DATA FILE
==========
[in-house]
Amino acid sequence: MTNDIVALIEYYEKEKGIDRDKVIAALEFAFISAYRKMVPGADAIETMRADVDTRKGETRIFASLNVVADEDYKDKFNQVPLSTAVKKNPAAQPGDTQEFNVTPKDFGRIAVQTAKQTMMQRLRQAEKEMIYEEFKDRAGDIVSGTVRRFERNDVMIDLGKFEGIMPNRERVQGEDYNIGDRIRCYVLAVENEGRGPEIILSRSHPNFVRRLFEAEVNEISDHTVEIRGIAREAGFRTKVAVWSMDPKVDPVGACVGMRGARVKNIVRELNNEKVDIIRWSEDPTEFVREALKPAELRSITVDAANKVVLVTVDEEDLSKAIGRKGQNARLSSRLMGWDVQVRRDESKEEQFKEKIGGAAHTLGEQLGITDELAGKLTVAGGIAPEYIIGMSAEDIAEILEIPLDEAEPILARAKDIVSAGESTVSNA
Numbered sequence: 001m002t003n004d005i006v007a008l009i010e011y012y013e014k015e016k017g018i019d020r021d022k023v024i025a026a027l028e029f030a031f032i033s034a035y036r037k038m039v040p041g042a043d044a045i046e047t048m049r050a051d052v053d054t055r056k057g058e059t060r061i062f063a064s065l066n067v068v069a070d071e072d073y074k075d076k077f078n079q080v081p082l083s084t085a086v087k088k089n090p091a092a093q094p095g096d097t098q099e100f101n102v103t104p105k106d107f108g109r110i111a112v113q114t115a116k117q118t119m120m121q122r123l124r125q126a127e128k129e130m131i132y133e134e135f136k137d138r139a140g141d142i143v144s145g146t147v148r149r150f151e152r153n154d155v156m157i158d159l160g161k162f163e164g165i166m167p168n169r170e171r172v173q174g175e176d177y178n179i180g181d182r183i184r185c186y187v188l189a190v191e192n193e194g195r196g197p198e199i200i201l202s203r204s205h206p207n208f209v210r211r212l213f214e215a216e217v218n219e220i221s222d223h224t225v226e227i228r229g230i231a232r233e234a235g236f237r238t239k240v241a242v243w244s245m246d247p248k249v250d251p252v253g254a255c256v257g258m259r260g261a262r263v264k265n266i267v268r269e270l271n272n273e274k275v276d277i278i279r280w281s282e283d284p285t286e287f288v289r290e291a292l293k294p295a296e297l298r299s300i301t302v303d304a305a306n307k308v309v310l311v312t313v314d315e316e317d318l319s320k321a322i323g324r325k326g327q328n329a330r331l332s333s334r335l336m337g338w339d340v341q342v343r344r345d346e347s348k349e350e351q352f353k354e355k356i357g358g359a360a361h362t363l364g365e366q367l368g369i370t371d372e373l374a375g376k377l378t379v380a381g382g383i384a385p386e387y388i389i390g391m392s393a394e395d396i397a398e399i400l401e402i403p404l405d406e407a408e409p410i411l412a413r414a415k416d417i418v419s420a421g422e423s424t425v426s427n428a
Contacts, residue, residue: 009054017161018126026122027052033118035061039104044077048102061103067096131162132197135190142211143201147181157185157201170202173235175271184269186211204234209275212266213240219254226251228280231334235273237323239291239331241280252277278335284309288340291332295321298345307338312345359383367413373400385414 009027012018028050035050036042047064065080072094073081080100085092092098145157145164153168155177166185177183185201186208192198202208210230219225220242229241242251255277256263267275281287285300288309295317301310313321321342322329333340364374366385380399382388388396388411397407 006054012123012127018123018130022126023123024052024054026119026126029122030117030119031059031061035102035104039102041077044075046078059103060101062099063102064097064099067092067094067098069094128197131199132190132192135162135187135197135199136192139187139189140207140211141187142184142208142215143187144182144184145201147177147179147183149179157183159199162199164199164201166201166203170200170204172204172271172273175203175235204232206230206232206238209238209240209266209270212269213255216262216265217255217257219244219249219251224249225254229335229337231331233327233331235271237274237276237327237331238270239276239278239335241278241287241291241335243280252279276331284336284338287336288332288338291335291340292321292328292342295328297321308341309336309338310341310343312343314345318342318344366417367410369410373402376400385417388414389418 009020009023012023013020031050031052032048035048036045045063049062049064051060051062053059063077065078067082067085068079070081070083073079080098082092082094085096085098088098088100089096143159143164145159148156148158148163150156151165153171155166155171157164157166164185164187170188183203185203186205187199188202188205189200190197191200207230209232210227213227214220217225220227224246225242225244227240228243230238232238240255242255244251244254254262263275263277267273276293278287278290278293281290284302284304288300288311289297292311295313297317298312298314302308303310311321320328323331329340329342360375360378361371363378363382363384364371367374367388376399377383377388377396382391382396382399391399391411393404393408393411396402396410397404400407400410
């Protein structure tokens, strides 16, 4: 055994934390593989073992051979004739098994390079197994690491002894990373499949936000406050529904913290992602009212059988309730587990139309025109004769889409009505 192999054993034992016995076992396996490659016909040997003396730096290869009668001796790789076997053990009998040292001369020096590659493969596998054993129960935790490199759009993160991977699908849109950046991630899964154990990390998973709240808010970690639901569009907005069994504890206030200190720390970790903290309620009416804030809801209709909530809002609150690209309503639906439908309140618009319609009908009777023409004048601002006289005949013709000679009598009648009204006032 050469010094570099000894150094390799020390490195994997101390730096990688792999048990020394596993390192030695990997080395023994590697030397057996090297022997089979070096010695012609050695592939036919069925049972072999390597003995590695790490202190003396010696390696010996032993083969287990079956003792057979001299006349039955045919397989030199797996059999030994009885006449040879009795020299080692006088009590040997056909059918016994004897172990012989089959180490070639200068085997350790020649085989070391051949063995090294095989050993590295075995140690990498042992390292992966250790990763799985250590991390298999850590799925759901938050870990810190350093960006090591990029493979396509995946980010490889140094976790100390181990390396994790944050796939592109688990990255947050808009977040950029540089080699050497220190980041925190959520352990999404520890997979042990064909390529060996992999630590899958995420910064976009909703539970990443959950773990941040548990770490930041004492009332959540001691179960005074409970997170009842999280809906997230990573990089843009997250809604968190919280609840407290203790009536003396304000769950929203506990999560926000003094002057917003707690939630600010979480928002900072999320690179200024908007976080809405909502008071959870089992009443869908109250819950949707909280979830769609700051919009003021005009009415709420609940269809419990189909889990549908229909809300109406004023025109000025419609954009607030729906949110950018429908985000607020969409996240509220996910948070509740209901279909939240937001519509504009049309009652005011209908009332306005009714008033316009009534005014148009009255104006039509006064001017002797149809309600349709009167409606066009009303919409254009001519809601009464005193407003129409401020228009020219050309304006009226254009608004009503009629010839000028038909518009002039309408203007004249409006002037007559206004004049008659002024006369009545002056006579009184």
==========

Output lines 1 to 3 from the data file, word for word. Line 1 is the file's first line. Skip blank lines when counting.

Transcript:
[in-house]
Amino acid sequence: MTNDIVALIEYYEKEKGIDRDKVIAALEFAFISAYRKMVPGADAIETMRADVDTRKGETRIFASLNVVADEDYKDKFNQVPLSTAVKKNPAAQPGDTQEFNVTPKDFGRIAVQTAKQTMMQRLRQAEKEMIYEEFKDRAGDIVSGTVRRFERNDVMIDLGKFEGIMPNRERVQGEDYNIGDRIRCYVLAVENEGRGPEIILSRSHPNFVRRLFEAEVNEISDHTVEIRGIAREAGFRTKVAVWSMDPKVDPVGACVGMRGARVKNIVRELNNEKVDIIRWSEDPTEFVREALKPAELRSITVDAANKVVLVTVDEEDLSKAIGRKGQNARLSSRLMGWDVQVRRDESKEEQFKEKIGGAAHTLGEQLGITDELAGKLTVAGGIAPEYIIGMSAEDIAEILEIPLDEAEPILARAKDIVSAGESTVSNA
Numbered sequence: 001m002t003n004d005i006v007a008l009i010e011y012y013e014k015e016k017g018i019d020r021d022k023v024i025a026a027l028e029f030a031f032i033s034a035y036r037k038m039v040p041g042a043d044a045i046e047t048m049r050a051d052v053d054t055r056k057g058e059t060r061i062f063a064s065l066n067v068v069a070d071e072d073y074k075d076k077f078n079q080v081p082l083s084t085a086v087k088k089n090p091a092a093q094p095g096d097t098q099e100f101n102v103t104p105k106d107f108g109r110i111a112v113q114t115a116k117q118t119m120m121q122r123l124r125q126a127e128k129e130m131i132y133e134e135f136k137d138r139a140g141d142i143v144s145g146t147v148r149r150f151e152r153n154d155v156m157i158d159l160g161k162f163e164g165i166m167p168n169r170e171r172v173q174g175e176d177y178n179i180g181d182r183i184r185c186y187v188l189a190v191e192n193e194g195r196g197p198e199i200i201l202s203r204s205h206p207n208f209v210r211r212l213f214e215a216e217v218n219e220i221s222d223h224t225v226e227i228r229g230i231a232r233e234a235g236f237r238t239k240v241a242v243w244s245m246d247p248k249v250d251p252v253g254a255c256v257g258m259r260g261a262r263v264k265n266i267v268r269e270l271n272n273e274k275v276d277i278i279r280w281s282e283d284p285t286e287f288v289r290e291a292l293k294p295a296e297l298r299s300i301t302v303d304a305a306n307k308v309v310l311v312t313v314d315e316e317d318l319s320k321a322i323g324r325k326g327q328n329a330r331l332s333s334r335l336m337g338w339d340v341q342v343r344r345d346e347s348k349e350e351q352f353k354e355k356i357g358g359a360a361h362t363l364g365e366q367l368g369i370t371d372e373l374a375g376k377l378t379v380a381g382g383i384a385p386e387y388i389i390g391m392s393a394e395d396i397a398e399i400l401e402i403p404l405d406e407a408e409p410i411l412a413r414a415k416d417i418v419s420a421g422e423s424t425v426s427n428a